Forty minutes in, I could see my filing cabinet leering at me, begging to be organized. The ironic twist is that this film - one mired deeply in a lazy culture of sedentary do-nothingness - made me do something productive at the same time. Very few films can say they helped my life the way this has.
Oh Great ANOTHER scene with the car filled with drug-haze. HILARIOUS!
Performance: 6 Cinematography: 7 Script: 5 Plot: 5 Mood: 5
Overall Rating: 56% (...And So Was That Two Hours)
1001 Movies You Must See Before You Die Club Aftertaste:
Perhaps I'm being a little harsh. On it's own, as a straight-up movie, it's probably nowhere near as bad as I'm making it out to be. The acting is sufficiently adequate, the cinematography is perfectly professional and although the plot is weak, it's intentionally so - fine. But seeing this from the perspective of a movie I NEED to see before I die?! Holy crusty carbuncles, get real. I am of course aware that that filmic guide is written with a general quota of 'films per year', but I call total bullsh on Up In Smoke's necessary role in 1978 cinema. Sadly I couldn't come up with any more deserving titles off the top of my head, until I remembered THE INTERNET. Looking at a very short list, I was not only astounded at how many no-brainer replacements there were but I was downright ashamed that the book had made me review this one instead of any of these:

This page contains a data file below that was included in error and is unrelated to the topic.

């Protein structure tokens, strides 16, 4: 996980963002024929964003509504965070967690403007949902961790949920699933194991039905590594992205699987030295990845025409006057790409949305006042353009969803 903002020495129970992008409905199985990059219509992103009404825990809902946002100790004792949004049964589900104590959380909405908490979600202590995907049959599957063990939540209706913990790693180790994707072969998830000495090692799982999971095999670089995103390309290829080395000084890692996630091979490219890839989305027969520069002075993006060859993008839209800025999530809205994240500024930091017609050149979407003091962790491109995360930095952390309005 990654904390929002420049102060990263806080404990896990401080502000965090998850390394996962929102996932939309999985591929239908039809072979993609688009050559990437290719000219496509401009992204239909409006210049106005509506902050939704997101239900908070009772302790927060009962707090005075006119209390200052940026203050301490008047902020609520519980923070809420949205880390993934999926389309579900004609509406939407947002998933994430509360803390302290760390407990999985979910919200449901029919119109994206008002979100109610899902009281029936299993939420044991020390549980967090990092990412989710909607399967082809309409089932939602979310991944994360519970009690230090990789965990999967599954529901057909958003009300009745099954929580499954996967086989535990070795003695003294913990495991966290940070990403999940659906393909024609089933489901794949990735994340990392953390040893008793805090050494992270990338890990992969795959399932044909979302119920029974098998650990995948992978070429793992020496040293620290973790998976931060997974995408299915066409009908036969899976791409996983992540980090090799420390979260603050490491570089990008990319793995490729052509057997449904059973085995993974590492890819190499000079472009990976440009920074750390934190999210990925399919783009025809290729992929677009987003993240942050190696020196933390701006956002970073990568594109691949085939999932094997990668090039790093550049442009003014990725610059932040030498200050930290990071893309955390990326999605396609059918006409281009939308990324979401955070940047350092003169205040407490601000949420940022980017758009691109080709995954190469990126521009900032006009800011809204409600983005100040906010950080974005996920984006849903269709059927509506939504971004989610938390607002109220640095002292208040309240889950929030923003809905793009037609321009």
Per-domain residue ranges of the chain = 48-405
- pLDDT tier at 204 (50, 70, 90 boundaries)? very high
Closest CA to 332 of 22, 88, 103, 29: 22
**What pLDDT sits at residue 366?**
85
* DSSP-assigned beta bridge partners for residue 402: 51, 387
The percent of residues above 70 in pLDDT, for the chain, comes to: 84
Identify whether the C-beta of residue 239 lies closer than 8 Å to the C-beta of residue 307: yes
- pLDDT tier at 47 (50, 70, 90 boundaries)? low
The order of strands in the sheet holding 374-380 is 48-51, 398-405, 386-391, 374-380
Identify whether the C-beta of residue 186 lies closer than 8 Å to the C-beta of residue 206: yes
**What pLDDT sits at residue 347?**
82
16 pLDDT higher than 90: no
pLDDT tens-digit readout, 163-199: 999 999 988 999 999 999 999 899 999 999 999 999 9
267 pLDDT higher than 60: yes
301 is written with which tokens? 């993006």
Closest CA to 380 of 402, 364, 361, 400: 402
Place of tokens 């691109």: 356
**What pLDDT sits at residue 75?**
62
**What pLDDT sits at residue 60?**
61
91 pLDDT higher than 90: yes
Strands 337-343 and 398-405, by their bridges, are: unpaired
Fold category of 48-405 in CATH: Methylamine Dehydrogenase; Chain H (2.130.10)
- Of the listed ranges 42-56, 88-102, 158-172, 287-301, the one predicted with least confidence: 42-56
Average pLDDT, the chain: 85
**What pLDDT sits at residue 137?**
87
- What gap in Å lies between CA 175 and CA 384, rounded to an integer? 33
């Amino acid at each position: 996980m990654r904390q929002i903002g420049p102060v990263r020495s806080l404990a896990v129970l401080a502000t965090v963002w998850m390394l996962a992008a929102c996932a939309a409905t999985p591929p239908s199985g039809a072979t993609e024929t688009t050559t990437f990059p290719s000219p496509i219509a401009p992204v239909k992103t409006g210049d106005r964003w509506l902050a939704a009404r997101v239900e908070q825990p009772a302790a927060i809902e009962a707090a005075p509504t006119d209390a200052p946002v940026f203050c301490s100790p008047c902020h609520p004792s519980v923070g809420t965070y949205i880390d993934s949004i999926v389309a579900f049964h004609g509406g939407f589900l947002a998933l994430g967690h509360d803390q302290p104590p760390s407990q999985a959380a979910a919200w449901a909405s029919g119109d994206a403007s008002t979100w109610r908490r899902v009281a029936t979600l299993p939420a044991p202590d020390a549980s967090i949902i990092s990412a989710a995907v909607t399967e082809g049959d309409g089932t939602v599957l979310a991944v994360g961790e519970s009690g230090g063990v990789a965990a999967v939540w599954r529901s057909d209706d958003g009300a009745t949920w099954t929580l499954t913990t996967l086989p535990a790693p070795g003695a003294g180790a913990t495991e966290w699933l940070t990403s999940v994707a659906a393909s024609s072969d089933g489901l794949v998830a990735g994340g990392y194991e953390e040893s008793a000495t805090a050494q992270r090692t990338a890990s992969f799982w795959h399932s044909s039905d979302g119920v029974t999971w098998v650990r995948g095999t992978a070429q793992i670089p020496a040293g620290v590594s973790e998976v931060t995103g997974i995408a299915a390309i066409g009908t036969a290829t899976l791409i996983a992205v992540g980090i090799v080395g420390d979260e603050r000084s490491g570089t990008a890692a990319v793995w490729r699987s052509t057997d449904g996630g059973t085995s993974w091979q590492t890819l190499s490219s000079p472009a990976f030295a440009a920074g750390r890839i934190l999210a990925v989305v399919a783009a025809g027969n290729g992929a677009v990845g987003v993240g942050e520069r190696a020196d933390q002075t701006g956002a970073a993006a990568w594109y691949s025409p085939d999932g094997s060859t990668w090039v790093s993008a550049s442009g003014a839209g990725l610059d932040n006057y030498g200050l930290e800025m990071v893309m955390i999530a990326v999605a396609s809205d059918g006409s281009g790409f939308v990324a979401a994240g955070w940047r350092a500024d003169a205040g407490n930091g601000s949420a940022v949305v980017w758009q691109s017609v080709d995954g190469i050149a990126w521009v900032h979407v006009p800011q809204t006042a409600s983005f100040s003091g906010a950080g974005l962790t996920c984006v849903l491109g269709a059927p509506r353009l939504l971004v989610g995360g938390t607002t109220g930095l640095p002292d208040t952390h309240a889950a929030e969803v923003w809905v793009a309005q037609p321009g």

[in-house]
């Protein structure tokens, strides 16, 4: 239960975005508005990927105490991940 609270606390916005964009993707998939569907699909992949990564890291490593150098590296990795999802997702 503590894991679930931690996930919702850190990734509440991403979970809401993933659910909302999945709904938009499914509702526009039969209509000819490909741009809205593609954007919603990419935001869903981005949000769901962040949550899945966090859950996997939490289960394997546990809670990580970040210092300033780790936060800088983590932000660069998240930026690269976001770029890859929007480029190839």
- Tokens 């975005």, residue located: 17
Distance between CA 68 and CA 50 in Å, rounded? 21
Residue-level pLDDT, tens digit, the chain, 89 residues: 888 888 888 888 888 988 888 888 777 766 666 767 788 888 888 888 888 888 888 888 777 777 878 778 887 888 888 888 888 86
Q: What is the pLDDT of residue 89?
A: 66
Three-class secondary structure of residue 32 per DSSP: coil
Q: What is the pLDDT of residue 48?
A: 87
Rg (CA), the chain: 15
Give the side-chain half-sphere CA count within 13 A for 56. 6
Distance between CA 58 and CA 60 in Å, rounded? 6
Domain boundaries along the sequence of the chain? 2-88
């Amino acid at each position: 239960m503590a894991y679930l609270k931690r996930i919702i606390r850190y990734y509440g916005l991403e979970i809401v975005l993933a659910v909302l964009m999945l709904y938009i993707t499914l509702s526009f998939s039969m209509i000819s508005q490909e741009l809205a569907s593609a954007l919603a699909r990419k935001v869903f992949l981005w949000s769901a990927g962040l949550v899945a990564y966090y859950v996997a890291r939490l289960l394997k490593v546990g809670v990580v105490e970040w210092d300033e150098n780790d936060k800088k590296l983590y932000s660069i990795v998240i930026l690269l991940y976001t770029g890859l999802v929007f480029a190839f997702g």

I genuinely see Attack of the Killer Tomatoes as having a greater impact on cinema. It's schlock value, I recall, still has a valuable weight. Debbie Does Dallas is obviously disqualified, but it also has a more valid place in cinema, even if merely as one of the big three 'film study' pornos out there (Deep Throat and The Devil in Miss Jones are the other two). Watership Down comes from literature and I need not argue its more poignant message. It makes me wonder if the 1001 book had a minimum quota of required Comedies. That being said, what the Hell is wrong with Animal House?! I'll just let that obvious goof sink in to all you for a second. Before my rage goes off the rails, I'll toss in a couple other useless titles. I mean what import could Midnight Express and Superman have to film culture? Holy pickled Jayzis.
For as much as I'm infuriated by the inclusion of Up In Smoke over those I've just mentioned, no list is perfect. For as grand as this 1001 may be, it is indeed a sum of its parts. Surely there had to be concessions made. Imagine the process of hacking off a dozen titles every new edition to make room for the last year's most recent releases. Throw in Genre requirements and caps to the release years and you still have to consider how Steven Jay Schneider came to edit the 60 contributing critics into one book... I'd like to speak to him about his process for sure.
With 108 years of cinema, that's an average of 9-10 films per year - not an impossible task, but surely not a pleasant one either. You were wrong with this one, Jay, but I forgive you, and I still love your book. Just don't make me watch Cheech and Chong again.